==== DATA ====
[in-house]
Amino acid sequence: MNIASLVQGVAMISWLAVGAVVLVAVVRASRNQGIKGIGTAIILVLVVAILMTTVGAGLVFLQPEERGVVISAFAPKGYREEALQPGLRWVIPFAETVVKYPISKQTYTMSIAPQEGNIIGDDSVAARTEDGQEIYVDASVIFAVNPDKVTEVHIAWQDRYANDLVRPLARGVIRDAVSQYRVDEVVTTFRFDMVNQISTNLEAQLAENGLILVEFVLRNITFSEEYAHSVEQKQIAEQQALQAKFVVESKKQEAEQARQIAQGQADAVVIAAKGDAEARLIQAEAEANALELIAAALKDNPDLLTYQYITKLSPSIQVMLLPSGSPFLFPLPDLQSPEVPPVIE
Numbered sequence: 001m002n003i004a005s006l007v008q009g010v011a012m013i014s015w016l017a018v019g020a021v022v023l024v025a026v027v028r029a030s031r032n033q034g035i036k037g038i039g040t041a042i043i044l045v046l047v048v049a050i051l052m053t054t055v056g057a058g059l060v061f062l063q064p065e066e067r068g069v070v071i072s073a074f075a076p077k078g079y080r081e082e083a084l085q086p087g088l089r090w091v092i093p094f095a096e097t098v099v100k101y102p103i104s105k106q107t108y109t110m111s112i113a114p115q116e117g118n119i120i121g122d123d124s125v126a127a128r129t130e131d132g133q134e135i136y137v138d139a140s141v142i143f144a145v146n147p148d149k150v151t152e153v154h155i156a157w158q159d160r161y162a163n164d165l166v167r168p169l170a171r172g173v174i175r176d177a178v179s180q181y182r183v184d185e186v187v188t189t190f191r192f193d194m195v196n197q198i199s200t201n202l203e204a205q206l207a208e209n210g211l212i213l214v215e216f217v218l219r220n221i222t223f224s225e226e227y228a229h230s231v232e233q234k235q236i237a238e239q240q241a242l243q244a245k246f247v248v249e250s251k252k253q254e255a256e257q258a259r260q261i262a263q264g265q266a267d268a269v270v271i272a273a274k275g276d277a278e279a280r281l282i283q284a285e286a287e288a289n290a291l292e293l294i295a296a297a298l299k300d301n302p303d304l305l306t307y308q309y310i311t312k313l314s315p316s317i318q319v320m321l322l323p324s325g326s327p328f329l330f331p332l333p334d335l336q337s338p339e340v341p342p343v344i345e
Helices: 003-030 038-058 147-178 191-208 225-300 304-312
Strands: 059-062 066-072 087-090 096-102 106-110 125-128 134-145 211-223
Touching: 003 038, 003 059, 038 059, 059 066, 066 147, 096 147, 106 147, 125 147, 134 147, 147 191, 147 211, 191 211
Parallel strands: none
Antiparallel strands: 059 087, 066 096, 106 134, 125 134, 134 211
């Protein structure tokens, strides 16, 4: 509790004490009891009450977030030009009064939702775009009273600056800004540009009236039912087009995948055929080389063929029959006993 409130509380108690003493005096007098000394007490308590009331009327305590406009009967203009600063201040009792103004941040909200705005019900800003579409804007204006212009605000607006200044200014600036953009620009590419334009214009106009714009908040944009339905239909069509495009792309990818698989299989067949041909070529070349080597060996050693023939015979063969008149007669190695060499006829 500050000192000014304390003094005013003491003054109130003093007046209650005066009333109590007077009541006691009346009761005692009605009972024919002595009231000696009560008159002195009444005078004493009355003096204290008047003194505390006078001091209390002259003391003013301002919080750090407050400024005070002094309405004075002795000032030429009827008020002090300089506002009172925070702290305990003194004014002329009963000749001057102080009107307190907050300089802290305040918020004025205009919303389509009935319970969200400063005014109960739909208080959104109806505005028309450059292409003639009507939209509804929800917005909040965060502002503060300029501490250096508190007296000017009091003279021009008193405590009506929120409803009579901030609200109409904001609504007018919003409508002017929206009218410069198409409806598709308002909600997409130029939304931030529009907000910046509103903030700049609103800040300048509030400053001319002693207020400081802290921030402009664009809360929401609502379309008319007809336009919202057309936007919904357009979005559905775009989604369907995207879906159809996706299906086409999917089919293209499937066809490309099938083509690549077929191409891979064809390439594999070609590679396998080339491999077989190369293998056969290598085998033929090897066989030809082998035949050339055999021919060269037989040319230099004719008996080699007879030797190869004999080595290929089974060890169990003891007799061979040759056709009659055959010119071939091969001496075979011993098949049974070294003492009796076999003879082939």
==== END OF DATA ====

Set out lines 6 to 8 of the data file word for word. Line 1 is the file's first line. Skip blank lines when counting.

Touching: 003 038, 003 059, 038 059, 059 066, 066 147, 096 147, 106 147, 125 147, 134 147, 147 191, 147 211, 191 211
Parallel strands: none
Antiparallel strands: 059 087, 066 096, 106 134, 125 134, 134 211